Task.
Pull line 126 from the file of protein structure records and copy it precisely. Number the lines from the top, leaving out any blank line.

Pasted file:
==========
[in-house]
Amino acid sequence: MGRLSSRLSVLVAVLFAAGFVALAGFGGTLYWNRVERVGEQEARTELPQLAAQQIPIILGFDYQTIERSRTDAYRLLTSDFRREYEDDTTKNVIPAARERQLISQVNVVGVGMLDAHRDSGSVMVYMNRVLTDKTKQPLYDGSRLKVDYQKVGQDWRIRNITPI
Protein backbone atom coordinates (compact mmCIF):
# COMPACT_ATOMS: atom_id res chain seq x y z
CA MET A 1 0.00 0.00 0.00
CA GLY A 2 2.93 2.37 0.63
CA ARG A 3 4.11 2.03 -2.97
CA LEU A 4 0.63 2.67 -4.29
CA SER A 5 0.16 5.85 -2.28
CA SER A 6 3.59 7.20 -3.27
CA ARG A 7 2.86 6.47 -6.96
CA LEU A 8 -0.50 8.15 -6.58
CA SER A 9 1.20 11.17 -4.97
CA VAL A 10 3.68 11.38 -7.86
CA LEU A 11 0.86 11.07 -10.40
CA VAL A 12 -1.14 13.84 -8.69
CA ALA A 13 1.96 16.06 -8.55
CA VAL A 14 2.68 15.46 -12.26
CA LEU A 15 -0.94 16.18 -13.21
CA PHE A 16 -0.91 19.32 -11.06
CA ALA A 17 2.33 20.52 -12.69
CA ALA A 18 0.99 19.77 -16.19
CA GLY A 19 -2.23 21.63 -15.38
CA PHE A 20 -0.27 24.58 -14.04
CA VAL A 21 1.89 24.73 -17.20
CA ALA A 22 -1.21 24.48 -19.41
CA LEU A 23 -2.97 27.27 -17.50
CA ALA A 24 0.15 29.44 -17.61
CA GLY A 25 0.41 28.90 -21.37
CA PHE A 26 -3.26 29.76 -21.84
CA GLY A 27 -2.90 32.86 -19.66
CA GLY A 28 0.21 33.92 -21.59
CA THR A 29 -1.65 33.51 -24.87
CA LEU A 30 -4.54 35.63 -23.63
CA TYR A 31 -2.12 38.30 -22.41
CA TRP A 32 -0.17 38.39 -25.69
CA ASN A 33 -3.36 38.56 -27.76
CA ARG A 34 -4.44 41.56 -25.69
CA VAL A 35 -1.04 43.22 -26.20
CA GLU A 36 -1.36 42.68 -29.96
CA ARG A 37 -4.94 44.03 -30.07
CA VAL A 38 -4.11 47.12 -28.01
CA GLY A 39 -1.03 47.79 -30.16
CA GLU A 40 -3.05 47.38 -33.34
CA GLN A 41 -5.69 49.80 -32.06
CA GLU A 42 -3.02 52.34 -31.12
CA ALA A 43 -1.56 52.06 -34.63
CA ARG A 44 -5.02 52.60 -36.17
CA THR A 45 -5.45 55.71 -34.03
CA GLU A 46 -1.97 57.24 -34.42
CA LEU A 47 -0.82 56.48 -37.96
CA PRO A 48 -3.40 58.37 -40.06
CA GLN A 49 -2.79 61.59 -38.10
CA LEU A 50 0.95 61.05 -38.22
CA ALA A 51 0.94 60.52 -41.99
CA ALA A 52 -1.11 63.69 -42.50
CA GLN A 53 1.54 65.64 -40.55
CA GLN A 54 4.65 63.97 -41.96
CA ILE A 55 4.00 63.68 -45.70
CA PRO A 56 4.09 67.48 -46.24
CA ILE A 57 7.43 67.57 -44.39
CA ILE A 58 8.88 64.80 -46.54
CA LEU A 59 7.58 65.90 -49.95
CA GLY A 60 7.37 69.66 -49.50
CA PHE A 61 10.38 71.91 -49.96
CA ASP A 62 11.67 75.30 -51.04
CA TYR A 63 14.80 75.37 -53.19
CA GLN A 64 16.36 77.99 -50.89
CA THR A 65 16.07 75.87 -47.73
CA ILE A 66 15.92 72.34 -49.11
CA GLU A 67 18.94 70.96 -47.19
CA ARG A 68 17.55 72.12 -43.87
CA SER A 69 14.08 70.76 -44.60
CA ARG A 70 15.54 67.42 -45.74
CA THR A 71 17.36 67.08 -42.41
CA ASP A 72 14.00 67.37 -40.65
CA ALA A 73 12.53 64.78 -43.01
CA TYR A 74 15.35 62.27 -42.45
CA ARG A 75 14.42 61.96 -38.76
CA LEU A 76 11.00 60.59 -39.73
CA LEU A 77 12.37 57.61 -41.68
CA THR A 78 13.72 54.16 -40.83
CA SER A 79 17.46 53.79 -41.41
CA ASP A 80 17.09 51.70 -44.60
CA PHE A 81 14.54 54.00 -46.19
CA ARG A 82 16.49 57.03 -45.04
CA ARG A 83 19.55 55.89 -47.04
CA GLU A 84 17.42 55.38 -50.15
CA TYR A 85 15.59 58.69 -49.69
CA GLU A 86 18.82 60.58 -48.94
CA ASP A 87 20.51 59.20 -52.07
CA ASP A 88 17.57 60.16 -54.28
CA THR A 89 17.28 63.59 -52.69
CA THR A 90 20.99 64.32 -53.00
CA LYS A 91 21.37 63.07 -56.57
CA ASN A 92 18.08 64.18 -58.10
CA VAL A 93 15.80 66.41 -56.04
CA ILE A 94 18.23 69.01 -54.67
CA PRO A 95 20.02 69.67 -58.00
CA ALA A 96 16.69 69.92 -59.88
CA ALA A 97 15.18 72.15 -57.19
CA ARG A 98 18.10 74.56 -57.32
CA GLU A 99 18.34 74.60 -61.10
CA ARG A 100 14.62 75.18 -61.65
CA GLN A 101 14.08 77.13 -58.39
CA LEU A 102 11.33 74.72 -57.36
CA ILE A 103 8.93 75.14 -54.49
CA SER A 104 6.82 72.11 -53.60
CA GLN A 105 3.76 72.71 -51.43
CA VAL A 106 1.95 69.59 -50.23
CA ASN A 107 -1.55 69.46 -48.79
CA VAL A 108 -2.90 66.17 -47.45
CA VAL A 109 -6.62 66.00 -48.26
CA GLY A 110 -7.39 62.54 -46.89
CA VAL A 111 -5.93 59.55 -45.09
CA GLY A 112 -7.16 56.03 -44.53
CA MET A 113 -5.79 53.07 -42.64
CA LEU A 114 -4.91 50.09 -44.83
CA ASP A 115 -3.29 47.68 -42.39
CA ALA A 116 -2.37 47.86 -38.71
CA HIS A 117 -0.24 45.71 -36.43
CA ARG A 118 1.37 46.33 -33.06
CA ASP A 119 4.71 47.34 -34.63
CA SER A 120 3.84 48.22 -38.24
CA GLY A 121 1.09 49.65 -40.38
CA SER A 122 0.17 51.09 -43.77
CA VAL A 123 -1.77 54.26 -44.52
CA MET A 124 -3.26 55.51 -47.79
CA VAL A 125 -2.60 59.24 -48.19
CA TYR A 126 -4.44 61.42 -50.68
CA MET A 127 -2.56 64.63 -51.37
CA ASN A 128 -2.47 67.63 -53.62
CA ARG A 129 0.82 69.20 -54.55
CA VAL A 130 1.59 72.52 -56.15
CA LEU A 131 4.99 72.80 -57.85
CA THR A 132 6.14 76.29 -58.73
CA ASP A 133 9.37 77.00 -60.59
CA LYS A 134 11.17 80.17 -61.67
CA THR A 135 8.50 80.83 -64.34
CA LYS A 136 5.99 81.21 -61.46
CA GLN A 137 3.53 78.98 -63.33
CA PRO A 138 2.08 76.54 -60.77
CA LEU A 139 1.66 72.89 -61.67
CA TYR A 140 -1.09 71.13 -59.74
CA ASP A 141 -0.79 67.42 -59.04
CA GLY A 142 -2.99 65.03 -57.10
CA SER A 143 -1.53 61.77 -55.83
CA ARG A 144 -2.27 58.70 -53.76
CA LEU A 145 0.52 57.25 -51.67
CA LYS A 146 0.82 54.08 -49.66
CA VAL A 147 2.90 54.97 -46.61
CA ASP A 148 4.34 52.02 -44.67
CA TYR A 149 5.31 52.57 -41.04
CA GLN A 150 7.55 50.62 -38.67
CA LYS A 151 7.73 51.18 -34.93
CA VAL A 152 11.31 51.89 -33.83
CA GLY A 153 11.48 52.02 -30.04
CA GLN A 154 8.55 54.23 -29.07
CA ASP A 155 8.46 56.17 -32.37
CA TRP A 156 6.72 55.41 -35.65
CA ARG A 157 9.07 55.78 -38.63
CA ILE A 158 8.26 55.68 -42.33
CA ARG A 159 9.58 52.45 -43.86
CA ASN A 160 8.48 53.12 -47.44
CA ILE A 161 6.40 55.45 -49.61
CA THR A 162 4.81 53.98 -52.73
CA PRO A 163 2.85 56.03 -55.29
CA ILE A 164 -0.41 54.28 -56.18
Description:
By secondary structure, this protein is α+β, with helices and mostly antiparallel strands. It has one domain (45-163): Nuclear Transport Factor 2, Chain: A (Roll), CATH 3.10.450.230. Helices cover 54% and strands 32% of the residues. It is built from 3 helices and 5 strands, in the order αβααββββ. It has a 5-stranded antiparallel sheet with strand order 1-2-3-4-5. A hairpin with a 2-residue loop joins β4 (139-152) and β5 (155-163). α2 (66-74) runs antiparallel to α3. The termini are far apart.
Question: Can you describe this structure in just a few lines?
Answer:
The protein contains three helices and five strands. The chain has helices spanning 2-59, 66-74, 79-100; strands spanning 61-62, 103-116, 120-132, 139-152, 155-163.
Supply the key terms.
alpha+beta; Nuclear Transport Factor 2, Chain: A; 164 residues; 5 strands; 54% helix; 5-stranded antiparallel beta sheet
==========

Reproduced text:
CA SER A 122 0.17 51.09 -43.77